Check out this Maruti 800, which has been extensively modified to resemble an old Ford Mustang convertible.
Maruti 800 was the first truly affordable passenger car in India. Introduced back in 1983, the Maruti ‘800’ is responsible for shaping the Indian auto market into what it is today. The car prioritised fuel and affordability over everything else. Needless to say, the car was quite a hit with Indian buyers, and remained the best-selling car in our market, until that title was snatched by the Alto. Regardless, the popularity of the ‘800’ meant there were a few customised examples here and there. Here, we present one such car, from Shillong, which has been modified into a soft-top convertible.
Modified Convertible Top Opening | Maruti Car 800 | Fabian Lyngdoh
The video above, posted by Fabian Lyngdoh on his YouTube channel, shows a modified Maruti 800 roadster. It gets a folding cloth-roof, which fits behind the rear seats, in a neatly covered hollow space. The car seems to be immaculately designed, and all the custom parts look neatly integrated. At the front, we see a blacked-out grille inspired by old Ford Mustangs, complete with the mustang logo. Even the front bumper is new, and the headlamp housings extend forward in an aggressive manner, giving this car a sporty look. There is also a fake air scoop on the hood of the car.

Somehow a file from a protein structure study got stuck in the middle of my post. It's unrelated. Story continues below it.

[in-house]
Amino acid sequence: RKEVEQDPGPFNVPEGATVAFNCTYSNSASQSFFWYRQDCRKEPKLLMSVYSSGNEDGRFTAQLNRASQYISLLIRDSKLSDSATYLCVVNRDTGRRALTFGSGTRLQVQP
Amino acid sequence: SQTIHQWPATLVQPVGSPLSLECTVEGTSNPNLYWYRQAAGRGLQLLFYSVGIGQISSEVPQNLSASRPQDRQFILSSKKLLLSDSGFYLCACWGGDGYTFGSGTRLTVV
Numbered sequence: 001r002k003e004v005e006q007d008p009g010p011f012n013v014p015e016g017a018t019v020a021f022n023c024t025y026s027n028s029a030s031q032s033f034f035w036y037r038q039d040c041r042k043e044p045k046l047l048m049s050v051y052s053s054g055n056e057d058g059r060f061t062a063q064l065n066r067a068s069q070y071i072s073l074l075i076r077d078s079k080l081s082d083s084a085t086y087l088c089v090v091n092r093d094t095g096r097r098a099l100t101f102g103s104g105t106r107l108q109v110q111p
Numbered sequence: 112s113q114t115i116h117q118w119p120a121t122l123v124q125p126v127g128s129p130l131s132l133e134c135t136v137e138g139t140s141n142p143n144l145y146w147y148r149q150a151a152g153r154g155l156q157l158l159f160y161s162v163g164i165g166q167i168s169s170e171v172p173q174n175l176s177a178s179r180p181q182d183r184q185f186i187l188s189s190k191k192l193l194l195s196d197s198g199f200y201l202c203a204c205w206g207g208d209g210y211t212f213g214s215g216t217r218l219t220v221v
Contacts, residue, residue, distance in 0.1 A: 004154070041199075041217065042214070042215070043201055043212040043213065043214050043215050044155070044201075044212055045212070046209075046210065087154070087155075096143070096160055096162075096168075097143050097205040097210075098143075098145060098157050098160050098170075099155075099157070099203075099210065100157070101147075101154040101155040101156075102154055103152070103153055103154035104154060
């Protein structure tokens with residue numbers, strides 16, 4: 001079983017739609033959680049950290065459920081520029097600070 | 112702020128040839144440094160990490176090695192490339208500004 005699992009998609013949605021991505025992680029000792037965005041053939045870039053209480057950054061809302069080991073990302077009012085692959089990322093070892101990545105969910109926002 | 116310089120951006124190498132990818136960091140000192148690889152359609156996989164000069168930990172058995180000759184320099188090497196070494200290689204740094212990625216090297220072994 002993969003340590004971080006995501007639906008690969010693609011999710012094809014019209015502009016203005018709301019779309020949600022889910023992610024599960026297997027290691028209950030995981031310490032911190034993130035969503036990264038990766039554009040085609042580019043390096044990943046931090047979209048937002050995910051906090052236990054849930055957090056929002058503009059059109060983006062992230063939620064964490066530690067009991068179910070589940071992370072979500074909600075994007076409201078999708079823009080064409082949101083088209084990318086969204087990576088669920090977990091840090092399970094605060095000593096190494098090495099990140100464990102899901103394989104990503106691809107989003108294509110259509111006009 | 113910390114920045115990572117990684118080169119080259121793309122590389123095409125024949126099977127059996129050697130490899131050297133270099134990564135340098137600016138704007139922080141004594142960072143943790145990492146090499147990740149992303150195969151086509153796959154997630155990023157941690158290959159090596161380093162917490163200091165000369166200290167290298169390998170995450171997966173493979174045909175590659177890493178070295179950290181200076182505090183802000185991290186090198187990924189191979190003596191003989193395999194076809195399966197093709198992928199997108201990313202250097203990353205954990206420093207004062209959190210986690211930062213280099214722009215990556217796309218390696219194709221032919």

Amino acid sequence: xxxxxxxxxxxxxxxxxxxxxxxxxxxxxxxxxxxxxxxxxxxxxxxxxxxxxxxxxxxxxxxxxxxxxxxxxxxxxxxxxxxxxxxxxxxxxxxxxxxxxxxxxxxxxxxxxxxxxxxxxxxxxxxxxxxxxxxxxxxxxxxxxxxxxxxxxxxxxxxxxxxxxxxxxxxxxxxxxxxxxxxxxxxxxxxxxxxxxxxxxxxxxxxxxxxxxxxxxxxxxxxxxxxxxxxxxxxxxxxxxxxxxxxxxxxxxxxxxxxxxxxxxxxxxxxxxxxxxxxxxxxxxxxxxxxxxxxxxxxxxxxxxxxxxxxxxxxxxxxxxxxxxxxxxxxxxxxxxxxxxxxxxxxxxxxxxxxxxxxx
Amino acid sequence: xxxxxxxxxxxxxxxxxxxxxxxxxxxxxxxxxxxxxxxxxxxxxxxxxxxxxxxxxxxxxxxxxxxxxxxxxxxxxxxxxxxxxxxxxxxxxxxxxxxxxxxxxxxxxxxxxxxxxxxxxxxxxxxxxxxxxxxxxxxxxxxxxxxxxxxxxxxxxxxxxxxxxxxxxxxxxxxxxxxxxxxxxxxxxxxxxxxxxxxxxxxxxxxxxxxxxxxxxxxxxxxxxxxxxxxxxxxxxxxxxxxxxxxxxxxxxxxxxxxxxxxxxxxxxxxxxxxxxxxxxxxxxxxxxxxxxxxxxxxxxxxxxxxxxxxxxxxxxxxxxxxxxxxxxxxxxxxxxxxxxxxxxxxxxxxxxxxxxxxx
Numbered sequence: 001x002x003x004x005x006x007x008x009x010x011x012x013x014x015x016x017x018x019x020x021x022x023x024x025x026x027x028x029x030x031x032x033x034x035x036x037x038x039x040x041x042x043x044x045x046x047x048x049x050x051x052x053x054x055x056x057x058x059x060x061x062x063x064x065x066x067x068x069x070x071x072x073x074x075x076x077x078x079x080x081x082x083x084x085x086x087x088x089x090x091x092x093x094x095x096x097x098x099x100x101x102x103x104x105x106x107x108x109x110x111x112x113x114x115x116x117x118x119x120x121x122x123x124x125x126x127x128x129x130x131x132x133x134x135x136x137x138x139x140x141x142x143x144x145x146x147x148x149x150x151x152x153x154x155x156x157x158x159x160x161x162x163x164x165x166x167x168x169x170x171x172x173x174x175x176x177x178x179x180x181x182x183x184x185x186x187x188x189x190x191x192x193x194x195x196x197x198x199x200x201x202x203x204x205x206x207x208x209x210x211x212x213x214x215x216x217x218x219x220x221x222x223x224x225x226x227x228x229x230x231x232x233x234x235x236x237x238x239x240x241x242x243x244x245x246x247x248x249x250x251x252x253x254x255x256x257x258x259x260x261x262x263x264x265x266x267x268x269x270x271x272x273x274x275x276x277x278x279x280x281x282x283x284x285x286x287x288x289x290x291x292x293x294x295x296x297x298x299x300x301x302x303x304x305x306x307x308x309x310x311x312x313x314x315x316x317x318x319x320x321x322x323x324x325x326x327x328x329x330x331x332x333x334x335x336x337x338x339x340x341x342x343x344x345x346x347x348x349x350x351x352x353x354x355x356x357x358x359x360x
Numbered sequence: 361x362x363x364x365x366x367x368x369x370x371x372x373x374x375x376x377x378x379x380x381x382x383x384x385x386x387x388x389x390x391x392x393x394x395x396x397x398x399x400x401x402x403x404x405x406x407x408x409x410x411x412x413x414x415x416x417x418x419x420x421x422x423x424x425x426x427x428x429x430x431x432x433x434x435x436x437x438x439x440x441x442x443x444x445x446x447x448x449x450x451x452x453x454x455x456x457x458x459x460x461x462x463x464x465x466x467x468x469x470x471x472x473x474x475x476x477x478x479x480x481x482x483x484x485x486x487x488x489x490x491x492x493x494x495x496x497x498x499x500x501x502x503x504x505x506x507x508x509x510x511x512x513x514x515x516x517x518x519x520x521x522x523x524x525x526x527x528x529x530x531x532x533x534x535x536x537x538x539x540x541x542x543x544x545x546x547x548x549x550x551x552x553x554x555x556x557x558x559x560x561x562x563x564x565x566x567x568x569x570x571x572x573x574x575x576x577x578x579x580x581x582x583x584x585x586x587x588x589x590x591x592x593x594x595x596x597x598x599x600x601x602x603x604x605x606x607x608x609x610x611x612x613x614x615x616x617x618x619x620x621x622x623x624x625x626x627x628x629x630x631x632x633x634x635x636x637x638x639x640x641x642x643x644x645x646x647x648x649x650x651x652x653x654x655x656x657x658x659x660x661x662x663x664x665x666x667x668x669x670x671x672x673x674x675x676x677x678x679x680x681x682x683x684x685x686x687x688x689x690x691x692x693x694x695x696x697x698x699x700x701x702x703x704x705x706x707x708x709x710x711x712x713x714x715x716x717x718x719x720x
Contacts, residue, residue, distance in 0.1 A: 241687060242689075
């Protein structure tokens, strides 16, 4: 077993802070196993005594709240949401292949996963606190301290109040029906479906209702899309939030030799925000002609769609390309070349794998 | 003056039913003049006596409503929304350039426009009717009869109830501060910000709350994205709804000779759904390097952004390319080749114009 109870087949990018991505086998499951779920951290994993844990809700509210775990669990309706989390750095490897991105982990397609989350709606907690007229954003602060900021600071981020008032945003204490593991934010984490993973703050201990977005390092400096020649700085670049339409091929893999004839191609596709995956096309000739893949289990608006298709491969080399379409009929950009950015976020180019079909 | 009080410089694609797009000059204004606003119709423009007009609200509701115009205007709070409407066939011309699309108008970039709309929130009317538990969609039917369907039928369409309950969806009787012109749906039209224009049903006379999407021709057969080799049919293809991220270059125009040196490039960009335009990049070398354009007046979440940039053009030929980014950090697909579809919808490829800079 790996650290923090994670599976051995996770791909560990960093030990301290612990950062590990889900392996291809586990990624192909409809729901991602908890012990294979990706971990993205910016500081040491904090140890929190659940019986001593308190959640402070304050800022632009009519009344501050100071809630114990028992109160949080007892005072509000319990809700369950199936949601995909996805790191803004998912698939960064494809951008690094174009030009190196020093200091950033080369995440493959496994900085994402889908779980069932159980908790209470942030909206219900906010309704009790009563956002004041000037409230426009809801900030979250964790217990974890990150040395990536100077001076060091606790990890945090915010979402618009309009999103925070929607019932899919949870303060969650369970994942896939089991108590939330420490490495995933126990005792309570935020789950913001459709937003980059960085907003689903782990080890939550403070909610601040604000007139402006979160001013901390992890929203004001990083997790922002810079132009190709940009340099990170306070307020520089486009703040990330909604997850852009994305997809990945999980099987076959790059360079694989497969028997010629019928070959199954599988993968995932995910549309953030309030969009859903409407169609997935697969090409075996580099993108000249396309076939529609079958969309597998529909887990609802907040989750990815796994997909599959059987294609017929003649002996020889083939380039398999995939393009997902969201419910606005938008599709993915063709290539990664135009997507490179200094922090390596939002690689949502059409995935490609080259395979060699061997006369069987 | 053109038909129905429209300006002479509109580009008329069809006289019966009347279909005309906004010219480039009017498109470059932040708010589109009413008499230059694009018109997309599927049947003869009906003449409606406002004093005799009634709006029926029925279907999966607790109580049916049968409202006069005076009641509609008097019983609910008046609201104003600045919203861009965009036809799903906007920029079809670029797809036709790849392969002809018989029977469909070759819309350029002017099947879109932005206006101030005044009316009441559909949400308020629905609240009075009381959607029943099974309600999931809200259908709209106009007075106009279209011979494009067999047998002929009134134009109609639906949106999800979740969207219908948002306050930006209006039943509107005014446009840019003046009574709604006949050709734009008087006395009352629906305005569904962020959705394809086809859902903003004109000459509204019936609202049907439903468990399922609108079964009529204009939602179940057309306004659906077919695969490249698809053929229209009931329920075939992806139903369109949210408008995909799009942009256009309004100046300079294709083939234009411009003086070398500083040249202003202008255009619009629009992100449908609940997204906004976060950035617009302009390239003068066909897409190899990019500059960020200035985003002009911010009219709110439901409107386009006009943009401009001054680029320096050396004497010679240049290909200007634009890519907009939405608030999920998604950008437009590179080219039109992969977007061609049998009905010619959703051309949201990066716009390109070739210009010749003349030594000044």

At the side of the car, the biggest and most obvious change is the lack of a fixed roof. Other than that, we also see custom alloy wheels with a 10-spoke design. This car has been modified into a two-door version. The rear end of the car is completely new, with new taillamps design, a new bumper, and a custom-built spoiler. The last one isn’t functional though, but it sure looks cool! Sadly, Maruti 800 is not the structurally strongest car around. It was conceived in the early 80s, and remained almost unchanged even in its later generation. Such extensive modifications, especially the ones involving changes to the mechanical structure of the car, could be dangerous.
Although almost unrecognisable, this particular model seems to be the MPFI version of the second-gen model (1997 to 2014). It was powered by a 796cc, inline-3, naturally aspirated petrol engine, capable of generating a maximum power of 38 PS and a peak torque of 59 Nm. Structurally sound or not, we do think that this is one of the coolest and cleanest mod jobs we’ve ever seen in a while.